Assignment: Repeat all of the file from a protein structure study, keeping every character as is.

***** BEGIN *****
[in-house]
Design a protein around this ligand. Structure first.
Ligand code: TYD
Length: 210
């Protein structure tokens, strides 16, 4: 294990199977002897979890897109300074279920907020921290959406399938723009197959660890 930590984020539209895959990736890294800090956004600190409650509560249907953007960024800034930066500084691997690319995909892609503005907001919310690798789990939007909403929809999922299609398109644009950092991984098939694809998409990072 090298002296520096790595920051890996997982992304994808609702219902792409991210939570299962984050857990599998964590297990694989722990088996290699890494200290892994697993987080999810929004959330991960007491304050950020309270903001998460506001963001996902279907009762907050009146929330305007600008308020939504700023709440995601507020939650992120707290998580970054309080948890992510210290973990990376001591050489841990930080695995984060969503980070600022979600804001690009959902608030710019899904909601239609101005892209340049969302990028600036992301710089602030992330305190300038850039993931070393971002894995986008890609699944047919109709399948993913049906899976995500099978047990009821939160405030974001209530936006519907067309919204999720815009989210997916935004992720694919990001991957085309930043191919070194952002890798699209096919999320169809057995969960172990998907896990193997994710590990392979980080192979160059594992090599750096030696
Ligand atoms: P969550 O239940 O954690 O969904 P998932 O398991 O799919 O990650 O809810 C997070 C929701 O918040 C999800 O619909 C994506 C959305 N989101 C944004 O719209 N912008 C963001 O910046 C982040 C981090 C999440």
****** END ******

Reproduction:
[in-house]
Design a protein around this ligand. Structure first.
Ligand code: TYD
Length: 210
């Protein structure tokens, strides 16, 4: 294990199977002897979890897109300074279920907020921290959406399938723009197959660890 930590984020539209895959990736890294800090956004600190409650509560249907953007960024800034930066500084691997690319995909892609503005907001919310690798789990939007909403929809999922299609398109644009950092991984098939694809998409990072 090298002296520096790595920051890996997982992304994808609702219902792409991210939570299962984050857990599998964590297990694989722990088996290699890494200290892994697993987080999810929004959330991960007491304050950020309270903001998460506001963001996902279907009762907050009146929330305007600008308020939504700023709440995601507020939650992120707290998580970054309080948890992510210290973990990376001591050489841990930080695995984060969503980070600022979600804001690009959902608030710019899904909601239609101005892209340049969302990028600036992301710089602030992330305190300038850039993931070393971002894995986008890609699944047919109709399948993913049906899976995500099978047990009821939160405030974001209530936006519907067309919204999720815009989210997916935004992720694919990001991957085309930043191919070194952002890798699209096919999320169809057995969960172990998907896990193997994710590990392979980080192979160059594992090599750096030696
Ligand atoms: P969550 O239940 O954690 O969904 P998932 O398991 O799919 O990650 O809810 C997070 C929701 O918040 C999800 O619909 C994506 C959305 N989101 C944004 O719209 N912008 C963001 O910046 C982040 C981090 C999440």